Search: job perks

Glacier3000Someone recently asked me why I didn’t decide to call these job-related posts Work Perks instead of Job Perks. The answer? Of all the terrible dad-jokes and unnecessary rhymes that have ever crossed my mind, somehow this one never did. Also, never a good idea to encourage me to propagate dad jokes — this could easily spiral out of hand.

Anyway, my most recent job perk is the weekend trip I took to Switzerland to film some social media content. Here are a few brief glimpses — I’m saving my longer recaps for the videos/posts I have to put together for work because, you know, that’s the part I’m getting paid for.

IMG_9107Glacier3000Despite the fact that mountains and heights tend to scare me, the whole Glacier3000 experience was my favorite part of the trip. We took a cable car up to the Glacier3000 area, where there is skiing, a peak walk on a suspension bridge, dog sledding, Europe’s highest bobsled coaster (in the summer), two restaurants, and, because it’s Switzerland, a watch shop. I rode a ski lift for the first time (!) and walked across that suspension bridge even though every part of me was screaming NOPE the entire time.

GstaadGstaad was basically a fairytale town. And yes, you are correct: the driver of this horse-drawn carriage ride is, in fact, a dog.

Mount Rigi hotelOn Mount Rigi, which is just outside of Lucerne, we stayed in a hotel on top of the mountain. The hotel is known for its wellness activities and spa, and since the weather was so bad, we got to enjoy the spa for ourselves! (The good weather option for this day had been a hike, so needless to say, I embraced the bad weather wholeheartedly).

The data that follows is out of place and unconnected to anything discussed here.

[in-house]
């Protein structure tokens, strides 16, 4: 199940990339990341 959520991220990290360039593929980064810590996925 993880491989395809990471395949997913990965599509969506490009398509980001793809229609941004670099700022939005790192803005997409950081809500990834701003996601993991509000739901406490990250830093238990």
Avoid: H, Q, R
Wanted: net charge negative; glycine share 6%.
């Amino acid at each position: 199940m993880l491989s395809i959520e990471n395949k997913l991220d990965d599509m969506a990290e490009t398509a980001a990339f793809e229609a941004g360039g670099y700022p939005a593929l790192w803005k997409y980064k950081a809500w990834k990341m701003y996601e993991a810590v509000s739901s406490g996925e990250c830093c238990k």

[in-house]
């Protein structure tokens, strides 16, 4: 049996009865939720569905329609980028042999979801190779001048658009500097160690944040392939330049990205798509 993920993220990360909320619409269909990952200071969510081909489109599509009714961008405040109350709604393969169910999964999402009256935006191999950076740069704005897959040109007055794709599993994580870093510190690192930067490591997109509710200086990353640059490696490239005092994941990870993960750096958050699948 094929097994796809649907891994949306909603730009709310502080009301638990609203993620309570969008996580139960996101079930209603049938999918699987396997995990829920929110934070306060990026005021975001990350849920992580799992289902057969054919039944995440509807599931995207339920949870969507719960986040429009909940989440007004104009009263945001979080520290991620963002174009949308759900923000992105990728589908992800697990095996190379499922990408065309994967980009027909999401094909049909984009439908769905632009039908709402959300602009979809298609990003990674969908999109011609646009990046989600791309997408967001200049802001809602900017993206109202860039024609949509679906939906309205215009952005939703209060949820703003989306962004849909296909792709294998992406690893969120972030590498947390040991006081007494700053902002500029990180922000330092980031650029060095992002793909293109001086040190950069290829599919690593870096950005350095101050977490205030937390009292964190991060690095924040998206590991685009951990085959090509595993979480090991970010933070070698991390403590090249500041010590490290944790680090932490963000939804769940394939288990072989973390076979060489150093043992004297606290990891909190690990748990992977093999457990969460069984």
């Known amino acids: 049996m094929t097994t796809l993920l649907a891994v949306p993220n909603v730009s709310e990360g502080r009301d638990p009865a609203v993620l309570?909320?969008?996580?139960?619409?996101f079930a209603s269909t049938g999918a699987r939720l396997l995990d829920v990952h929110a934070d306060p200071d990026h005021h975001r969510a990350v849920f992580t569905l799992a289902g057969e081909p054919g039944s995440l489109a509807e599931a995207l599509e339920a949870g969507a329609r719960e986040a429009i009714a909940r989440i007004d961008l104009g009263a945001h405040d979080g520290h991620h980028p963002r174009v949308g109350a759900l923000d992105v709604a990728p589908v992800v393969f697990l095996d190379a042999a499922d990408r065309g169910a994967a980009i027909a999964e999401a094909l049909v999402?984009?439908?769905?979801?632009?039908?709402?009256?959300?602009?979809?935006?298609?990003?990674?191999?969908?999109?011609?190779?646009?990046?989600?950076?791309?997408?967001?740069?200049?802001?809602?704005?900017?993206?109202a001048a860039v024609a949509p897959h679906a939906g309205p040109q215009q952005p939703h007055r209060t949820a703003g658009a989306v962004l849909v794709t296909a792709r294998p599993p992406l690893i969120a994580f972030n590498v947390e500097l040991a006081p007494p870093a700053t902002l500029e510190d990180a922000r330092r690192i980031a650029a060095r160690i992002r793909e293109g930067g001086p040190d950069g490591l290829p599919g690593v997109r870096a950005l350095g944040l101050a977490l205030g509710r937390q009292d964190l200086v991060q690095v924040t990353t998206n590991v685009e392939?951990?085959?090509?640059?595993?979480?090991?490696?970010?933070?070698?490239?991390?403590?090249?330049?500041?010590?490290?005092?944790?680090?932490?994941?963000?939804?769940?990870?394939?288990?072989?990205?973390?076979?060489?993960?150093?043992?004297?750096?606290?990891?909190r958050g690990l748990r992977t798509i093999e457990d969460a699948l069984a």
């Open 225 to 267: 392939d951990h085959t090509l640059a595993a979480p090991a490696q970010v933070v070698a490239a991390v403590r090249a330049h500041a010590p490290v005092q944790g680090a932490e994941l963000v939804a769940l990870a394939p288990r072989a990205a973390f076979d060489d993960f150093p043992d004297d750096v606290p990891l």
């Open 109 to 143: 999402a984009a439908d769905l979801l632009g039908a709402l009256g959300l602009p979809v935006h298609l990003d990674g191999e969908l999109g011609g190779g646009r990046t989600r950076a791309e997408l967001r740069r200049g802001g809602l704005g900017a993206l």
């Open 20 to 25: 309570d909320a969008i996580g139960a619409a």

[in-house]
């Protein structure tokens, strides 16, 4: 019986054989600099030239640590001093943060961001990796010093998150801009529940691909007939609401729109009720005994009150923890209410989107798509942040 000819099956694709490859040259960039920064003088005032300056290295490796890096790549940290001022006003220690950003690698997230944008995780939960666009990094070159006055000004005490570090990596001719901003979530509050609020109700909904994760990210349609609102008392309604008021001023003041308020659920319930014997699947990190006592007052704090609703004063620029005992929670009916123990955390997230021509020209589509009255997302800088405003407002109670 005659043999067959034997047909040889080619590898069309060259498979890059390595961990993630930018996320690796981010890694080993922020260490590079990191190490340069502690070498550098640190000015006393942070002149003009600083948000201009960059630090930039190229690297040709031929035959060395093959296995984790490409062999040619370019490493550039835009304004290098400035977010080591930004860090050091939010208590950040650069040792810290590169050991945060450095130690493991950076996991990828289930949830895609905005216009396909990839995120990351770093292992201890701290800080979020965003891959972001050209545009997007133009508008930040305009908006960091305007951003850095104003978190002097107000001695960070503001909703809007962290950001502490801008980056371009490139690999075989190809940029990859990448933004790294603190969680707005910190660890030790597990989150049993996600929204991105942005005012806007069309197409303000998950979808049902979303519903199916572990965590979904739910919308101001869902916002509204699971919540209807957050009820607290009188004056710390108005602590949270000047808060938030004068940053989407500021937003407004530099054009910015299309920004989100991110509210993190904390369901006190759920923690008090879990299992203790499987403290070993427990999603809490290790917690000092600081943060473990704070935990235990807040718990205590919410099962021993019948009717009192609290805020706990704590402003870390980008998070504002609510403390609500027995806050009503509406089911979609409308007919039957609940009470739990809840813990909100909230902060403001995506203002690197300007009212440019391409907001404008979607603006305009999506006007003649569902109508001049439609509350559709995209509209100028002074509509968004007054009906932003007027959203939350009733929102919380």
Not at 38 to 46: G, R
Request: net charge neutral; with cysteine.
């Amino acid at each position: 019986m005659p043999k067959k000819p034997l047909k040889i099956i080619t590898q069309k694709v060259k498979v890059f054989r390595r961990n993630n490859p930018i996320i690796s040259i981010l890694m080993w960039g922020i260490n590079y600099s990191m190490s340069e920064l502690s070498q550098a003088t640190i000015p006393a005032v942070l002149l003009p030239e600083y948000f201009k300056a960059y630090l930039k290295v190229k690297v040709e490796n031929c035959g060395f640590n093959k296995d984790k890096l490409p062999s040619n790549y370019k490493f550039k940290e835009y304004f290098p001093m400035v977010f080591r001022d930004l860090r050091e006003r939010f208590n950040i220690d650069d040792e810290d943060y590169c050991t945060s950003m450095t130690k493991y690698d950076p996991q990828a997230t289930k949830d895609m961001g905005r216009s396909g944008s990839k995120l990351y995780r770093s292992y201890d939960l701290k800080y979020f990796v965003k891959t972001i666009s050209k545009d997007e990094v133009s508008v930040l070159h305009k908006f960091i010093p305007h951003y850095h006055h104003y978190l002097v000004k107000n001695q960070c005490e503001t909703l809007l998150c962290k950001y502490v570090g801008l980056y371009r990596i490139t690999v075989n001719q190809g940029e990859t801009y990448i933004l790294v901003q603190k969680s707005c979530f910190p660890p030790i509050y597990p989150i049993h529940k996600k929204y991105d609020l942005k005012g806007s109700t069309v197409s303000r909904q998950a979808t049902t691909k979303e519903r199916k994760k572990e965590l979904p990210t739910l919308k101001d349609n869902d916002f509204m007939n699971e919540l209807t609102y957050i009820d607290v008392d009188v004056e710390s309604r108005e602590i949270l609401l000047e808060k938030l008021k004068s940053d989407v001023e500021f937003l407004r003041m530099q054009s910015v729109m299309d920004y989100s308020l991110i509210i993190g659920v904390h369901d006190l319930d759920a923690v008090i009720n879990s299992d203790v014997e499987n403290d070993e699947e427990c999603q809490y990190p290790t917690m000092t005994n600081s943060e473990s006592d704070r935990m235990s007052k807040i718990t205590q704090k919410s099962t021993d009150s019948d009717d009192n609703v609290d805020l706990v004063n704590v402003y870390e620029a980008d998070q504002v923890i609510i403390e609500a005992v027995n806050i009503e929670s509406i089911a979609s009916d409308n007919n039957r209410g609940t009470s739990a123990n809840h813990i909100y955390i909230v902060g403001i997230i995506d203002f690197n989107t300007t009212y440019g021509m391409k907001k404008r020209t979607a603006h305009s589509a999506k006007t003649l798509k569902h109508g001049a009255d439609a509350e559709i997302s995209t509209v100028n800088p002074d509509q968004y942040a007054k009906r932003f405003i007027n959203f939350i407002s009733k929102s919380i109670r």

GoldenPass Line GoldenPass LineI rode a few trains on this trip, my favorite being the scenic GoldenPass Line. I’ve ridden it twice before, and it never gets old.

Next work trip: Amsterdam to see Keukenhof Garden!

More Job Perks:
A Week in France
15 Trains & 22 Cities in 10 Days

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Job Perks: A Peek into the French Way of Life

by Jackie D on June 6, 2016

paris in the spring“In France, a personal life is not a passive entity, the leftover bits of one’s existence that haven’t been gobbled up by the office, but a separate entity, the sovereignty of which is worth defending, even if that means that someone’s spreadsheet doesn’t get finished on time.” The French Counterstrike Against Work E-Mail

So I’m back in New York. Don’t even get me started. Those who’ve seen me in person (and even many who’ve only spoken to me through text) have already gotten an earful.

But this isn’t going to be several paragraphs about how much I miss Paris. It’s going to be several paragraphs about one of my favorite parts of France: the work culture.

I love to work — mostly I love to be busy. But I also love to relax (earth shattering, I know). I am either extremely busy with many things or completely relaxed doing almost nothing — there is very little wiggle room. And when I get into that busy zone, it’s really hard for me to get out of it.

One of the things I loved so much about the French work environment is that people seem to be able to switch between these two zones so easily. When they are at work, they are at work — people get things done and meetings are held and problems are solved. But when it’s lunchtime, it is lunchtime. There is no eating at your desk while you’re trying to finish up a spreadsheet. And when it’s time to go home at the end of the day, same deal — it’s time to go home.